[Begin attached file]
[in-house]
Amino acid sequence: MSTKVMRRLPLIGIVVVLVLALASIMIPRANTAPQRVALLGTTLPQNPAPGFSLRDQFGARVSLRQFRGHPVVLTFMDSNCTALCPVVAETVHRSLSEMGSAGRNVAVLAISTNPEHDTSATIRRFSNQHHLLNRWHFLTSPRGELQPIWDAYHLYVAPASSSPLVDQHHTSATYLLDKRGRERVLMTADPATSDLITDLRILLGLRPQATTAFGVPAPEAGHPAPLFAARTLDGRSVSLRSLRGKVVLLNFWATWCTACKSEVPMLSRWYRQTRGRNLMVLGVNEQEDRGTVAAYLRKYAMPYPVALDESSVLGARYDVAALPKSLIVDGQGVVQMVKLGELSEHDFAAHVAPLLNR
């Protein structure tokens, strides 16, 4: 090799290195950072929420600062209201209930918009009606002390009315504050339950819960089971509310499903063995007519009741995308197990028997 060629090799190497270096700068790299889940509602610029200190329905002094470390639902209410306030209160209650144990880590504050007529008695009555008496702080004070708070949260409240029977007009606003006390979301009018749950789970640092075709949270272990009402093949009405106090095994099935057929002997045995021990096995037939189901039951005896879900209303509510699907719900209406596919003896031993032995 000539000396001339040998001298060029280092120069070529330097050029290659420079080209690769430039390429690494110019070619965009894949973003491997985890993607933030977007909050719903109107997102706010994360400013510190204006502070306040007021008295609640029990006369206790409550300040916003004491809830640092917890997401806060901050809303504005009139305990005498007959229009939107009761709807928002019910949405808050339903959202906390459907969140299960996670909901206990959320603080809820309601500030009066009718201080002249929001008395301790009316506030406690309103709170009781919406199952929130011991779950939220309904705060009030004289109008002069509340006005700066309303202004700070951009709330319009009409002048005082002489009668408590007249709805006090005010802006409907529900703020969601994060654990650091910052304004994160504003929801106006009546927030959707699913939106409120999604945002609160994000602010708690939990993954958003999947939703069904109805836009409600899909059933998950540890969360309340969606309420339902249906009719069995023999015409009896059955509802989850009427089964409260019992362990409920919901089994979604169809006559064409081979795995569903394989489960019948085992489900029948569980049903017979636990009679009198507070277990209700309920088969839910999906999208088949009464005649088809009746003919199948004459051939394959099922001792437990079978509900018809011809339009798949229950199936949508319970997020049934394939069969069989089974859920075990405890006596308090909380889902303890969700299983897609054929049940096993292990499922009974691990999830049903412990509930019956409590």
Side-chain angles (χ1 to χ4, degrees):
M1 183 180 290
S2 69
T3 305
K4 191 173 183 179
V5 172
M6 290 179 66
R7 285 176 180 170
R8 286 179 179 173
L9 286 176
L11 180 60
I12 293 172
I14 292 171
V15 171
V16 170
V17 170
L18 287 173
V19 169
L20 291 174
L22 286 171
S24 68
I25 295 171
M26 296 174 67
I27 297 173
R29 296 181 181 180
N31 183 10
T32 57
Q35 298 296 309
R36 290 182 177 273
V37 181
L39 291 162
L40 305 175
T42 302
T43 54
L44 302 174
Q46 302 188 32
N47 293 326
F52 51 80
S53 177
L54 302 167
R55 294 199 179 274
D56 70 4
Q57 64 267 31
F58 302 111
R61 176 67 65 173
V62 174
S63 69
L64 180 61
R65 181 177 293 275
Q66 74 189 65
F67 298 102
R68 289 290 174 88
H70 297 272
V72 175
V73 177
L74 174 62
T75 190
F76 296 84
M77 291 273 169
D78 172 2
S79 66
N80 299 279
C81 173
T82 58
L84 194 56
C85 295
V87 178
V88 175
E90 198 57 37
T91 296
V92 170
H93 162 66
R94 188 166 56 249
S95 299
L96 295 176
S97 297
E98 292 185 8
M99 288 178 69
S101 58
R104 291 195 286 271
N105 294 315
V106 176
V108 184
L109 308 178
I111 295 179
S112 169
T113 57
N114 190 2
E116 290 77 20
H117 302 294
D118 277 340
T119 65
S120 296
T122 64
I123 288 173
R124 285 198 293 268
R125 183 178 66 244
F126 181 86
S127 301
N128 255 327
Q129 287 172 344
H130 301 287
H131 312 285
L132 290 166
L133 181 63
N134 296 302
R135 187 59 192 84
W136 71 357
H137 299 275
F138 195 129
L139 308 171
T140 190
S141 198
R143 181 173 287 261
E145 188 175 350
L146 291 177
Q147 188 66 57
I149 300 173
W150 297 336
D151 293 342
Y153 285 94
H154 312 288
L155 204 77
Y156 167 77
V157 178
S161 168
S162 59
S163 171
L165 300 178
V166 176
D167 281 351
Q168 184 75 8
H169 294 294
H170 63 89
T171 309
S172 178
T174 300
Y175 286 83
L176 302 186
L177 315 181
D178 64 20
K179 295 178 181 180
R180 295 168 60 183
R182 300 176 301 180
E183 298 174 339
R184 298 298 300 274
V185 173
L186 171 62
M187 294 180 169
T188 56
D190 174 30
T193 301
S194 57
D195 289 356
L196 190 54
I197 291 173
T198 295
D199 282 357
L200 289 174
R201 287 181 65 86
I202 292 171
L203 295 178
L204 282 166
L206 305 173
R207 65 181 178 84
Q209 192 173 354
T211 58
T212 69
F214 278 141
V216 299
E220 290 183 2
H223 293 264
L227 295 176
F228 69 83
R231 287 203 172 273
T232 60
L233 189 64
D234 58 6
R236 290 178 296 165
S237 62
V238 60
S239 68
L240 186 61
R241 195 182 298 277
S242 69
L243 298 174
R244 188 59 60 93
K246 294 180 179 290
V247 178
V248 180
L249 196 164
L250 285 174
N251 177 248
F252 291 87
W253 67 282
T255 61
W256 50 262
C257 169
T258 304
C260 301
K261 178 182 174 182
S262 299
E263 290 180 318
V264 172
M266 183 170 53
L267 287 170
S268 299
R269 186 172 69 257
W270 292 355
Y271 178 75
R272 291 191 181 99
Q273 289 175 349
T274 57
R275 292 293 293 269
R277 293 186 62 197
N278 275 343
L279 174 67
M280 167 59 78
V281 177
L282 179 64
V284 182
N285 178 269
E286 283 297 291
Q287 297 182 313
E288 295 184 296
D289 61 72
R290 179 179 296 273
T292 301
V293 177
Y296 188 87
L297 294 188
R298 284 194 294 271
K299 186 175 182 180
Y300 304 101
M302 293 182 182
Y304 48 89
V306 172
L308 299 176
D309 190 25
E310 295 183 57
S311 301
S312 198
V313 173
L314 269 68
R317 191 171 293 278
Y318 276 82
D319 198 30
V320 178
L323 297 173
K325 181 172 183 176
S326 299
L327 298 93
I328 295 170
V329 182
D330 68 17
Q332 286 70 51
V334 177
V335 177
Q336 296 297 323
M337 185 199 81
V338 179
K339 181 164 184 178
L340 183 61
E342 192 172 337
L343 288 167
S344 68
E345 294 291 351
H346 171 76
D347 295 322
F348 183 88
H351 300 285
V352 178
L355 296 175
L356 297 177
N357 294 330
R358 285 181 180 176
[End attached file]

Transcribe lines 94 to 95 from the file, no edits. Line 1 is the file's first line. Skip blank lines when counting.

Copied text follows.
D118 277 340
T119 65